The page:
My siblings are some real characters, which all have impact and role in this story. The oldest. Elia, older than me by two years, I would describe to you as a firecracker. Yeah, they cool, but you play with fireworks, you might blow a finger or two off. Well, the same goes for my sister Elia.

Then there's my baby sister, Angelica, which we all call Angel. She's off top my baby sister which is one-half of my heart. The other side of my heart is my little brother, Lucky Luciano, who is something of another world. You couldn't find another person like Lucky. He's something of a different breed, cut from a different cloth, you might say. This is whom I consider my family, my loved ones, my reason to strive for better, regardless of what you got.

Growing up with a father in and out of prison was kind of a good and bad thing, you might say. Some people might find me saying this rather ignorant, or just, okay, plain stupid. But hey, that's how I felt as a child. My father was a man of many faces. One moment he was nice, the next he wasn't; but to make this clear, my dad is someone that you can say if you meet him you will never forget him.

My first memories that I can recall are from way back in 1996 when I was around four years old getting up early. I can't recall how early it was, exactly, but I remember the sun being down still, and it was cold as hell sleeping in the backseat of my mom's old purple Chevrolet with my two sisters (Lucky wasn't born until 1999).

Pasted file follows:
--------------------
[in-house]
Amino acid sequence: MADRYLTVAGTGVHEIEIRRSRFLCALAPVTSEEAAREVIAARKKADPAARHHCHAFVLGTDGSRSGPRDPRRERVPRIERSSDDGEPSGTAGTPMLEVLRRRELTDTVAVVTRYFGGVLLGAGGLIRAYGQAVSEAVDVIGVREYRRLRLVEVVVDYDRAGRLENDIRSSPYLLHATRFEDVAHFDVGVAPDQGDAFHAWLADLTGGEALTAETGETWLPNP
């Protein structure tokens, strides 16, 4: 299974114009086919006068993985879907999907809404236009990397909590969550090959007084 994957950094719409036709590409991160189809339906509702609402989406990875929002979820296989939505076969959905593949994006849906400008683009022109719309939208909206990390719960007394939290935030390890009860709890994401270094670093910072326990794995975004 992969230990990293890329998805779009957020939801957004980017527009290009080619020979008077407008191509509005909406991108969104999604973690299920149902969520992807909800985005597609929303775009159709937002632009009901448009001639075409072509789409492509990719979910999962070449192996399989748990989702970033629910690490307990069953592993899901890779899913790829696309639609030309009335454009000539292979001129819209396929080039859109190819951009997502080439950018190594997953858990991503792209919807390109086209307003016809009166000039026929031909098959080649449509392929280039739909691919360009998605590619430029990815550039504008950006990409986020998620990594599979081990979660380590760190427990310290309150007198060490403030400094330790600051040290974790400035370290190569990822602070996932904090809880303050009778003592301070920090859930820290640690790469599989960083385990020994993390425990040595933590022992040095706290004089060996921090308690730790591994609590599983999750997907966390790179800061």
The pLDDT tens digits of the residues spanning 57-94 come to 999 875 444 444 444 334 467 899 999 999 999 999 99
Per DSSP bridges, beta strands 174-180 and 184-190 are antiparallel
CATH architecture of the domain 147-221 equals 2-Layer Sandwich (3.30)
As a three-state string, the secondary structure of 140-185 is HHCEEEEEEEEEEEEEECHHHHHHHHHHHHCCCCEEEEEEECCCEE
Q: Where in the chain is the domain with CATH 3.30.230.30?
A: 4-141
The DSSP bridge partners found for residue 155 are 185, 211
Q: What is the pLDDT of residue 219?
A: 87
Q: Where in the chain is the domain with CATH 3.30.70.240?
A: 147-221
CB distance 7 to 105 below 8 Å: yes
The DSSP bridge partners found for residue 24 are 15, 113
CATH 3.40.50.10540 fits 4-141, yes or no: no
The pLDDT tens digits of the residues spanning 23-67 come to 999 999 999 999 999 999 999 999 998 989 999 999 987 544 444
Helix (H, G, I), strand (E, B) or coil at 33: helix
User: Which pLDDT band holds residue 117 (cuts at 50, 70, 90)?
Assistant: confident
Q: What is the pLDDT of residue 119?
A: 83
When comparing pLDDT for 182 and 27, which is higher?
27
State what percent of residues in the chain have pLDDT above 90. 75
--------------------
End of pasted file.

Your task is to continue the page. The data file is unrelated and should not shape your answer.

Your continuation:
We'd pull up to San Quentin, or whichever state prison my dad was being stored in at the moment. My sisters rarely came, due to my mother not wanting to bring them, because… Well, who wants to take two little girls into a prison to see their father, and because of all the hassle? (My sisters are some pains in the ass; I'm sure most people know what I mean.)

But anyways, I remember my mom would wake me up and wipe my face down with a few wipes and make me look up to par. My father would snap if his children left anywhere not looking like they should look, which means showered, lotion on, hair combed, matching, and last of all, ironed clothes. (I've been ironing since kindergarten.) If my dad were to catch something wrong, my mom would receive a cruel glare that would send chills down the spine of a polar bear, also a slap upside the head. So we walked up to the stone castle-like building with men with rifles at every corner.